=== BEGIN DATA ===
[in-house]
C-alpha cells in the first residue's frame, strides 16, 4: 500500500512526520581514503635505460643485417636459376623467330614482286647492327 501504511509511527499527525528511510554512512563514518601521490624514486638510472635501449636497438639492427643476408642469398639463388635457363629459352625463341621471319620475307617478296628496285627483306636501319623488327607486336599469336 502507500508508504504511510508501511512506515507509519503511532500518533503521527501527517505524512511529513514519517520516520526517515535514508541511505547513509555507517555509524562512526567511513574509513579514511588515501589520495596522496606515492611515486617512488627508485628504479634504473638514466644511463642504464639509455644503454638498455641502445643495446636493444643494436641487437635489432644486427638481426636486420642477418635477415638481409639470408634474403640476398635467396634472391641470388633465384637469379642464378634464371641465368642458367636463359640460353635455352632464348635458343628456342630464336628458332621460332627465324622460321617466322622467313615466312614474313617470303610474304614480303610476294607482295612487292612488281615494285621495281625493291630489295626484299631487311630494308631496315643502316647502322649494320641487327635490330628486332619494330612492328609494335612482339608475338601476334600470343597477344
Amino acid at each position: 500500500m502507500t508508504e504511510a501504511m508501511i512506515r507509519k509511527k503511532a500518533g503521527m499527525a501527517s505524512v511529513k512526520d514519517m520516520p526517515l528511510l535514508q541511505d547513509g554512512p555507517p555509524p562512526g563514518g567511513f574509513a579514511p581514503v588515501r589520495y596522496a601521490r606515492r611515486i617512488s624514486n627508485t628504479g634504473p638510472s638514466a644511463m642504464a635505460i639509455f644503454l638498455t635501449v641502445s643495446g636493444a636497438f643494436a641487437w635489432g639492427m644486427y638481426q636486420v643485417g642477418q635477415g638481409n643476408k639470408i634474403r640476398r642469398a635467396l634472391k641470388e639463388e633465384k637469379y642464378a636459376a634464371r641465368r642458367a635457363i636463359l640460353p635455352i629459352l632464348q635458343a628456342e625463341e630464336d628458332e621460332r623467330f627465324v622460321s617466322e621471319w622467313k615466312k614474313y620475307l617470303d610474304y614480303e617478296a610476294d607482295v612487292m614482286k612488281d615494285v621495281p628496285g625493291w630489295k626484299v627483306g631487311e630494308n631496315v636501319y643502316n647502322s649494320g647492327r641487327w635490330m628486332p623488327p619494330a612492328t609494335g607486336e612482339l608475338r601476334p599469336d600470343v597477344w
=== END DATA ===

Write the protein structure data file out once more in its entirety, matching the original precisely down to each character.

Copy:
[in-house]
C-alpha cells in the first residue's frame, strides 16, 4: 500500500512526520581514503635505460643485417636459376623467330614482286647492327 501504511509511527499527525528511510554512512563514518601521490624514486638510472635501449636497438639492427643476408642469398639463388635457363629459352625463341621471319620475307617478296628496285627483306636501319623488327607486336599469336 502507500508508504504511510508501511512506515507509519503511532500518533503521527501527517505524512511529513514519517520516520526517515535514508541511505547513509555507517555509524562512526567511513574509513579514511588515501589520495596522496606515492611515486617512488627508485628504479634504473638514466644511463642504464639509455644503454638498455641502445643495446636493444643494436641487437635489432644486427638481426636486420642477418635477415638481409639470408634474403640476398635467396634472391641470388633465384637469379642464378634464371641465368642458367636463359640460353635455352632464348635458343628456342630464336628458332621460332627465324622460321617466322622467313615466312614474313617470303610474304614480303610476294607482295612487292612488281615494285621495281625493291630489295626484299631487311630494308631496315643502316647502322649494320641487327635490330628486332619494330612492328609494335612482339608475338601476334600470343597477344
Amino acid at each position: 500500500m502507500t508508504e504511510a501504511m508501511i512506515r507509519k509511527k503511532a500518533g503521527m499527525a501527517s505524512v511529513k512526520d514519517m520516520p526517515l528511510l535514508q541511505d547513509g554512512p555507517p555509524p562512526g563514518g567511513f574509513a579514511p581514503v588515501r589520495y596522496a601521490r606515492r611515486i617512488s624514486n627508485t628504479g634504473p638510472s638514466a644511463m642504464a635505460i639509455f644503454l638498455t635501449v641502445s643495446g636493444a636497438f643494436a641487437w635489432g639492427m644486427y638481426q636486420v643485417g642477418q635477415g638481409n643476408k639470408i634474403r640476398r642469398a635467396l634472391k641470388e639463388e633465384k637469379y642464378a636459376a634464371r641465368r642458367a635457363i636463359l640460353p635455352i629459352l632464348q635458343a628456342e625463341e630464336d628458332e621460332r623467330f627465324v622460321s617466322e621471319w622467313k615466312k614474313y620475307l617470303d610474304y614480303e617478296a610476294d607482295v612487292m614482286k612488281d615494285v621495281p628496285g625493291w630489295k626484299v627483306g631487311e630494308n631496315v636501319y643502316n647502322s649494320g647492327r641487327w635490330m628486332p623488327p619494330a612492328t609494335g607486336e612482339l608475338r601476334p599469336d600470343v597477344w